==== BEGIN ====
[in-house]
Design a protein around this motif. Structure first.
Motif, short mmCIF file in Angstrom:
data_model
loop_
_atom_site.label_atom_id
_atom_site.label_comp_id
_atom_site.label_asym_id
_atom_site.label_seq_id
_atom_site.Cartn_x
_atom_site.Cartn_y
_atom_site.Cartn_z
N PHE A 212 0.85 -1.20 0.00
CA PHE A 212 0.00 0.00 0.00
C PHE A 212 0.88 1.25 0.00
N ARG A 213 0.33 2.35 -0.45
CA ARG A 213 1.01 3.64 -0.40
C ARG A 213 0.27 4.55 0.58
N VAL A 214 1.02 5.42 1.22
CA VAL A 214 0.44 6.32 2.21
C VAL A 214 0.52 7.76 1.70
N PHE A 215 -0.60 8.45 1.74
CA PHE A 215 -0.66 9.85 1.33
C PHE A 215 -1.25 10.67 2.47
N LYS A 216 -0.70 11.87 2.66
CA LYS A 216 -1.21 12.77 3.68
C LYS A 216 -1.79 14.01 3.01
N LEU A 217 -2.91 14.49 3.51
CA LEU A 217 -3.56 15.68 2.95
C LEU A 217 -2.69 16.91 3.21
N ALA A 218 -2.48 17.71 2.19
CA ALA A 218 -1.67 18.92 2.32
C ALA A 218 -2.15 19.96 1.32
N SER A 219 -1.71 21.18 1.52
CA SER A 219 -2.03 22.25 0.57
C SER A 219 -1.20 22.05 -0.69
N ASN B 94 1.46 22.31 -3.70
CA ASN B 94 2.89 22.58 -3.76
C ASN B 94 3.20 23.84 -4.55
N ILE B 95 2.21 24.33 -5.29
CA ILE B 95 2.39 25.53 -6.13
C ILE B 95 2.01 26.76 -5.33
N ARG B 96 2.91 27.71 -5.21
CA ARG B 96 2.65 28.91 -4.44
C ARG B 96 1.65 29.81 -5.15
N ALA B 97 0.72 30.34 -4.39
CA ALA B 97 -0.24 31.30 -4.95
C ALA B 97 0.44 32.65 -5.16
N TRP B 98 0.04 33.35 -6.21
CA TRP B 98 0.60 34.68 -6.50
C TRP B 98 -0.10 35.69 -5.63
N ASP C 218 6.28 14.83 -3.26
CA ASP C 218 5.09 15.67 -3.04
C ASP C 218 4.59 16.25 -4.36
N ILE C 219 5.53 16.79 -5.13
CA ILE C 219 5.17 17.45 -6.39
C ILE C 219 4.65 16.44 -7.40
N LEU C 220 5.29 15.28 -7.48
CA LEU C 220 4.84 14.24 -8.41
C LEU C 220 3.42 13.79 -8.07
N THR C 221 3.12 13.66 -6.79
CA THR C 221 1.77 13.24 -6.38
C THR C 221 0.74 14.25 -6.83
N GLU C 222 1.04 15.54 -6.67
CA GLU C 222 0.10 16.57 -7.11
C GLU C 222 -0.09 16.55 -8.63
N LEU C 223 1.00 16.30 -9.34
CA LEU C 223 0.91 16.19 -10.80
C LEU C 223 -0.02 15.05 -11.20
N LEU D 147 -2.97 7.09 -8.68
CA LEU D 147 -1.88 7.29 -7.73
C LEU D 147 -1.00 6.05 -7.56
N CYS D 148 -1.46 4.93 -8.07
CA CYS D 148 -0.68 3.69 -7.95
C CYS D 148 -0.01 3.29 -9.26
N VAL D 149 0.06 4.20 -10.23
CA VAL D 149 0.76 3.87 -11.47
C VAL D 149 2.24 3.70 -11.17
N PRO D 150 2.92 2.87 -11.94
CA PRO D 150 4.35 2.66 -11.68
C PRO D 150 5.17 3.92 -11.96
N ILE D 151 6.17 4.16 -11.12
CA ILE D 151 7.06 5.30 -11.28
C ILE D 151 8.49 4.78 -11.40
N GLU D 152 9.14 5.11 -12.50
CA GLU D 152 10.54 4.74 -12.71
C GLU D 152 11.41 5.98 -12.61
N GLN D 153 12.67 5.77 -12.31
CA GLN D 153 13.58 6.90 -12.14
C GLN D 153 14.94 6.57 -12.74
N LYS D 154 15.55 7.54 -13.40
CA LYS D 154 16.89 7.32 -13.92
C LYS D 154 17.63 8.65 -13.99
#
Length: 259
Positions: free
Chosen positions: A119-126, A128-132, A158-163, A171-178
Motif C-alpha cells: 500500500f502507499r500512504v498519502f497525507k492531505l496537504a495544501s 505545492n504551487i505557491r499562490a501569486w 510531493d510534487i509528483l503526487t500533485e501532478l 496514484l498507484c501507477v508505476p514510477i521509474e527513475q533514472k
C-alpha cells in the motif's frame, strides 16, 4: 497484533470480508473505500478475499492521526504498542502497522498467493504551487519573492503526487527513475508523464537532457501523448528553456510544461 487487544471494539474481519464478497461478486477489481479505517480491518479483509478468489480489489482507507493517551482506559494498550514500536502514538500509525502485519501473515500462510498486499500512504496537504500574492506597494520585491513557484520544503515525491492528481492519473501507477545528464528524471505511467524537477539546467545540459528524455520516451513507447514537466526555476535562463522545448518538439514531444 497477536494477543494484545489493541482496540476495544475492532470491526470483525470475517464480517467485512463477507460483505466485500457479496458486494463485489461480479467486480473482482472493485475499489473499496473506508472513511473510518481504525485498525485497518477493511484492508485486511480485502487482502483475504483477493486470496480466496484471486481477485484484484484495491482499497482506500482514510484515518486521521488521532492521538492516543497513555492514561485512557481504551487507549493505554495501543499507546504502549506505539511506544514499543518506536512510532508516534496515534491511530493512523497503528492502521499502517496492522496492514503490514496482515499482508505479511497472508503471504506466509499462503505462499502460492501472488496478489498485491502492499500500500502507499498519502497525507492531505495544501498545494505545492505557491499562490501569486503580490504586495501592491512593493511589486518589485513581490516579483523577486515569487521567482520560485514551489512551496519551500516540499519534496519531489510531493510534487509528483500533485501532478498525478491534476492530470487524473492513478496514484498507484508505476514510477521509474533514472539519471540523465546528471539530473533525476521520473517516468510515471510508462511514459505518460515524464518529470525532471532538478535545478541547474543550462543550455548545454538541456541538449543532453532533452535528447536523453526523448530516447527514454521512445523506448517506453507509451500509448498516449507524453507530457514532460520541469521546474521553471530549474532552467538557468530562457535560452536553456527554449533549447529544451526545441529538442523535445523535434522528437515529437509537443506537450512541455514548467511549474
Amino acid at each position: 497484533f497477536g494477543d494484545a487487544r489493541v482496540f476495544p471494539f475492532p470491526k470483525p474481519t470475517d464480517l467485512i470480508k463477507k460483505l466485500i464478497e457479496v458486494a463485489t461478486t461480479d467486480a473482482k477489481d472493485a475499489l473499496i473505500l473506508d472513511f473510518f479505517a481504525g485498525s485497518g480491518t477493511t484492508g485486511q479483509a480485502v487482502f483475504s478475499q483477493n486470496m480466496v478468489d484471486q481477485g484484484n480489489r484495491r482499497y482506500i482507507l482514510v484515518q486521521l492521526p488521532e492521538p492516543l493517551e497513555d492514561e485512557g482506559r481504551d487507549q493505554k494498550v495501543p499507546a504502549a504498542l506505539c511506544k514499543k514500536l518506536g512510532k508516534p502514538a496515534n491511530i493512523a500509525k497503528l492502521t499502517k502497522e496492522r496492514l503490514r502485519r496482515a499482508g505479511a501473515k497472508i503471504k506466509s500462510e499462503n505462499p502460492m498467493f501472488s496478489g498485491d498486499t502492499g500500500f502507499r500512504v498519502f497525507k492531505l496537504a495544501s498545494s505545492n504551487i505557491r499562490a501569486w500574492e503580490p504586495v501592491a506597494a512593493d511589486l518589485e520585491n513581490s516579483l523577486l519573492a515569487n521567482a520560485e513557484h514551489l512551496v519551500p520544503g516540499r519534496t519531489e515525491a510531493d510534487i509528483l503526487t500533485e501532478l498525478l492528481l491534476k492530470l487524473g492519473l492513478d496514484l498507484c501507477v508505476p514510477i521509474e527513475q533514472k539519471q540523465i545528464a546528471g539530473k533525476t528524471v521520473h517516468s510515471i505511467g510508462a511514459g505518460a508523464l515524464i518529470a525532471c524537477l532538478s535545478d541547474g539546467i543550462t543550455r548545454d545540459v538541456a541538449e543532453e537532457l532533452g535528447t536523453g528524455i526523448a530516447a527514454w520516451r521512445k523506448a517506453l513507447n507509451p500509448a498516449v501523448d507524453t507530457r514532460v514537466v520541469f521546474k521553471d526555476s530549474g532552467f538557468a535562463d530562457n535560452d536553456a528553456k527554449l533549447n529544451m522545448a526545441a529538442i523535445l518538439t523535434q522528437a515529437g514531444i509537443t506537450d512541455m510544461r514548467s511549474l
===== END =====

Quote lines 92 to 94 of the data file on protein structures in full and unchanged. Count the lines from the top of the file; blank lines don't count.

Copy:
CA LYS D 154 16.89 7.32 -13.92
C LYS D 154 17.63 8.65 -13.99
#